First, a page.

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Anne and David Dolowitz love to walk. But the Salt Lake City couple, who both have asthma, can forget about it during the winter.

The high levels of pollution during inversions means they wheeze just strolling around their cul-de-sac. Anne says she stocks up on medicine because she needs it when the inversions last for days.

The precautions have kept her out of the hospital.

"The only reason we have not had that contact with the emergency room is we are informed patients. We've had asthma long enough and we know what to do," she said.

Inversion season starts next month — and with it, the spikes in fine particle pollution known as PM2.5 that make breathing difficult for people with asthma. A new analysis by the Utah Department of Health and the Utah Department of Environmental Quality shows the amount of PM2.5 reaches unhealthy levels for sensitive groups during inversions.

During the 2006-07 and 2007-08 winters, the average amount of the particle reached 37.4 micrograms per cubic meter of air during inversions, compared to 13.1 on noninversion days, when the air quality would be considered "good."

There were 35 inversion days in the first winter and 10 in the second winter studied.

The amount of the pollutant, caused by gas emissions, increased with every day of an inversion. By the fifth to seventh day, PM2.5 levels reached an average of 53.1 micrograms per cubic meter of air.

At that level, the air is considered "unhealthy" for everyone, but particularly for people with asthma. The analysis shows they had a 42 percent increased risk of needing emergency help during those inversions.

At the end of prolonged inversions, 10 visits a day were made to Salt Lake County hospitals for asthma — three more than days without inversions.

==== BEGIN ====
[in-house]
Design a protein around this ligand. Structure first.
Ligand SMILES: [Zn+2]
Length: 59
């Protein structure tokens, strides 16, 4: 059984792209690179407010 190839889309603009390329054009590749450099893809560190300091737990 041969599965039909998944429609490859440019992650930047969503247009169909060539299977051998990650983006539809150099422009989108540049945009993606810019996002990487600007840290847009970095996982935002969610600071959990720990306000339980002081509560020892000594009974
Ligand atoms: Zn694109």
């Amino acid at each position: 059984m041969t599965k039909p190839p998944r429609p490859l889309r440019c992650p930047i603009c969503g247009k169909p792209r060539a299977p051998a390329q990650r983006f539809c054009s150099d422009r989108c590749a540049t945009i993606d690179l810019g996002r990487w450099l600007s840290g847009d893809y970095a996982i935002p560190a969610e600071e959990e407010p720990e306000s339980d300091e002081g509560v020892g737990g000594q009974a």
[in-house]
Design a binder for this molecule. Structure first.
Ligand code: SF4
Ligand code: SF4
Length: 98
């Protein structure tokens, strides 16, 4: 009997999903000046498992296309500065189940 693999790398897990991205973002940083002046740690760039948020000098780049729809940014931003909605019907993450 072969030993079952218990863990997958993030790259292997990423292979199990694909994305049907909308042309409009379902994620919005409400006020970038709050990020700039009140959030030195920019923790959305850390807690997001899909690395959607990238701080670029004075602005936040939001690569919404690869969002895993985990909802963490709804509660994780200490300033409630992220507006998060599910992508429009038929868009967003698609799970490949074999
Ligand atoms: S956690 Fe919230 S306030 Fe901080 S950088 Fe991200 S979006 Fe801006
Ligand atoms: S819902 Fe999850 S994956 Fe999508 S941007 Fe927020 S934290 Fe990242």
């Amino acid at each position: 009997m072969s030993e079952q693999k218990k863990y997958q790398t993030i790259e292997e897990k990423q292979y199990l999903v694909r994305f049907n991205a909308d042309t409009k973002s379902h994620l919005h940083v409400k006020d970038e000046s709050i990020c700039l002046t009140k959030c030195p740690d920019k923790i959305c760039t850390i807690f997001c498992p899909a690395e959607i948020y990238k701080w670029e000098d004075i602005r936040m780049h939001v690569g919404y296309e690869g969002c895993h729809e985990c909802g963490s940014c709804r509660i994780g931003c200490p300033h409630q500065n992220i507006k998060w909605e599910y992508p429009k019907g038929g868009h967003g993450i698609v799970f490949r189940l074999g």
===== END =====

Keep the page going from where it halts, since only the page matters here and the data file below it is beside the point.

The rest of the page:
"It's the prolonged exposure that is causing the difficulty," said Rebecca Jorgensen, with the health department's Utah Asthma Program.

The program recommends that people with asthma check PM2.5 levels during inversions and reduce their exposure to all of their asthma triggers during poor air quality days.

Luckily, weeklong inversions haven't happened very often — about four times in the two winters studied, according to the health department.

The study didn't find an increased risk of hospitalizations during shorter inversions. But that doesn't mean people with asthma breathe much easier.

The study didn't look at whether asthma patients seek more medications or clinic visits during inversions, but doctors at asthma clinics say that happens.

"Patients really are exquisitely sensitive during the inversions," says Amit Shah, a doctor at the Asthma and Allergy Clinic of Utah in Millcreek. "They feel they're really dependent on their [bronchodilator] to get them through those periods."

That is true for Anne Dolowitz, a patient at Shah's clinic.

During the winter, "my nose is good for nothing except hanging glasses on," says the 68-year-old. "I used to do a lot of ice skating. I love walking. That is just absolutely forbidden. My body can't do it."

To check air quality

The state health department's Utah Asthma Program advises those with asthma to check PM2.5 levels during inversions and avoid their asthma triggers on poor air quality days.

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